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Toby & Butt Scratch
American Dog #17
© 2023 James LaFond
FEB/25/24
The snow fell heavy and thick, blanketing the base of Cedar Mountain in soft, crystaline grace. The stray human was outside, scraping snow from the parking pad, sweeping it from the porch, its pointless toil echoing up to Toby’s warm bed where he mused, ‘If only I could cast thoughts like a cat, I might be able to make this retarded human stop that scraping.’
‘Dark One,’ hissed Annie from too near, her wicked fangs parting close to Toby’s swiveling ear, ‘Open the door.’
Toby rose and yawned and pulled the sliding glass door aside as Annie slunk out through his legs. She bounded down to the bent snow-covered human and hopped onto the upper spine of the snow pushing shovel.
“I didn’t know y’all played too—thought it was all killin’ and brain-eatin’ en such?”
Mystified, Toby stood on the porch watching as the human pushed snow off the pad and Annie, like the black queen of some snowy mountain, laced her tail about the base of the handle and pretended as if this human was her very own…
Toby barked with a bit of anger, “Hey, Annie, that is James Chosen’s human, and when James is not here, since I am his favorite four-leg, that human belongs to me.”
Annie looked over one tuxedo shoulder and blinked those emerald eyes, ‘Observe, Dark Wing Dog,’ and she ran up the handle, up the arms of the shoveling human and perched upon its shoulders, like a terrible little owl upon the topmost cedar bough.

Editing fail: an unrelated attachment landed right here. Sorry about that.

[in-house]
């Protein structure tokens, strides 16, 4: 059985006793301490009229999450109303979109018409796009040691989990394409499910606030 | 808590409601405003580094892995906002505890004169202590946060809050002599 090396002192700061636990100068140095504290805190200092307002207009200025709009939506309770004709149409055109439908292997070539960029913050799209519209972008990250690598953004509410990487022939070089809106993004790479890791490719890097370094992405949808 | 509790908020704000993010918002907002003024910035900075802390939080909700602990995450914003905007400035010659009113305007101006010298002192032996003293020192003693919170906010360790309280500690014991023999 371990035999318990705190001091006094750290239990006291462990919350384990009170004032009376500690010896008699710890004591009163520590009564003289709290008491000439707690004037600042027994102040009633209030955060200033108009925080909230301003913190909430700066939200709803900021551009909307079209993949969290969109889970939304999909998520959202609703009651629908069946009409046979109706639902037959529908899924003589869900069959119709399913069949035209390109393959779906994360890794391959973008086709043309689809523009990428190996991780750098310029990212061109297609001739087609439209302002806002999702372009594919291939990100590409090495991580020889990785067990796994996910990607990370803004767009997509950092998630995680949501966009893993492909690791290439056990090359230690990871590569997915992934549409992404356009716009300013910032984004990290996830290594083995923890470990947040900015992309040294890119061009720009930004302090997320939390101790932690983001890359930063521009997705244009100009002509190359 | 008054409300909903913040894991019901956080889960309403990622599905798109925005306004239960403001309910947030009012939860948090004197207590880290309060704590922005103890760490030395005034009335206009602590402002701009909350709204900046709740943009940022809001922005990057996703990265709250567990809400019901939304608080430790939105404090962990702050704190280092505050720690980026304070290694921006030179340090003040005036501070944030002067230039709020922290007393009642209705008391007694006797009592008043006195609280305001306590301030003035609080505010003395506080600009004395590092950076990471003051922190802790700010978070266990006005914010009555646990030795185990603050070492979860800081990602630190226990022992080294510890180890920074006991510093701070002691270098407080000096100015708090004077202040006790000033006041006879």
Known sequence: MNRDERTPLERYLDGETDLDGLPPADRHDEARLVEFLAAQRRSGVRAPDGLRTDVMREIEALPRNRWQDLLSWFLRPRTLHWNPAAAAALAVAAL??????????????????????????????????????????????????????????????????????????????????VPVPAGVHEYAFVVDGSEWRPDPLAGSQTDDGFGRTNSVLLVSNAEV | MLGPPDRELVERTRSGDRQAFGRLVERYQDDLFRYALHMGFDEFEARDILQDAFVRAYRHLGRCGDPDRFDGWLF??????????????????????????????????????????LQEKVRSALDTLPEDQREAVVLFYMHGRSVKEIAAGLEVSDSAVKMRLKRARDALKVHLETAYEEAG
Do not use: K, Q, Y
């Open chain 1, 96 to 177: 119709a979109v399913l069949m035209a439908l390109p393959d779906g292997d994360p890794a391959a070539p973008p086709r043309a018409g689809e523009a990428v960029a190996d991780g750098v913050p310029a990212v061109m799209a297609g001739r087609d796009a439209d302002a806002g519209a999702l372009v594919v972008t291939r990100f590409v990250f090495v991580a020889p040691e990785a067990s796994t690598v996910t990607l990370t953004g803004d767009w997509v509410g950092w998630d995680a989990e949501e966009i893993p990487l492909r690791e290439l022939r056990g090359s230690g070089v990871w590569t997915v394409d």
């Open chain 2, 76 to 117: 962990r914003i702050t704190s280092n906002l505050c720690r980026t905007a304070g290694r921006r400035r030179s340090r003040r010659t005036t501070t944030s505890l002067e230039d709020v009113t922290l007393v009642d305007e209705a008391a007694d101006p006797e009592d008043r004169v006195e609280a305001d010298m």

Toby barked, “Get off that human—that’s my human!”
Annie ignored Toby as she seemed to direct the bent human with her feline will.
“Toby,” scolded Mama Bear Chosen, “close the door behind you, or this will keep happening!”
With that Jen slammed the door shut and locked it up high were no dew claw could reach.
Toby turned and whined, “Really, this is bullshit—its cold out here—what am I even going to do?”
And she was gone, singing her church songs within the cozy house where Toby should still have been.
The mesmerizing mind voice of Bisquick advised from the roof top, ‘Dog, this stray human of yours, it holds you close in its mind, feels a kinship. Might I suggest that you parade about ever near him and mark territory, make a big show. Let the coyotes on the mountain, the coons down by the creek, that ever watchful owl upon the distant eve and every four leg great and small—and let the crows caw of it—that Toby has a human familiar.’
“Will that get me bacon and melted cheese?”
‘Indeed it will, Dark One, from the hands of this very human. It has access to all food and food improvement technology, yet lacks the hunger of a healthy human. You will benefit!’
Of a sudden surging with inspiration Toby barked, “The Vet, here comes the four-legged vet—gun barrel black with steeldust in his soul!”
Toby charged out to the bent and shoveling human. That man turned above the ravine where the coons did dwell and smiled at Toby, even as something in Toby’s prancing gallop of a dog trot struck a primal chord in Annie’s dark soul and caused her to leap from the man’s shoulders and scramble under Benny Bear’s camper like a black dart across the white snow.
“Tobias!” I knew you would not leave me under the claws of that cruel cat. Thank you,” and the man bent and scratched Toby behind the ears with his nearly hairless and half frozen paw.
Toby then spun around under the human and presented his dry rear haunches, “While you’re at it human, the Creator saw fit to equip you with the means of scratching my butt...yeah, oh yeah, that’s it—a good human you are!”
Benny’s voice was then heard from the camper door, “Tobbes, leave LaFond alone—can’t you see that cracker is workin?”
Toby pranced and barked, and danced two-legged around in a circle and extended his front paws to his personal human slave and they held paws and danced a brief jig in the snow as Benny shook his blonde head and closed himself back into the camper.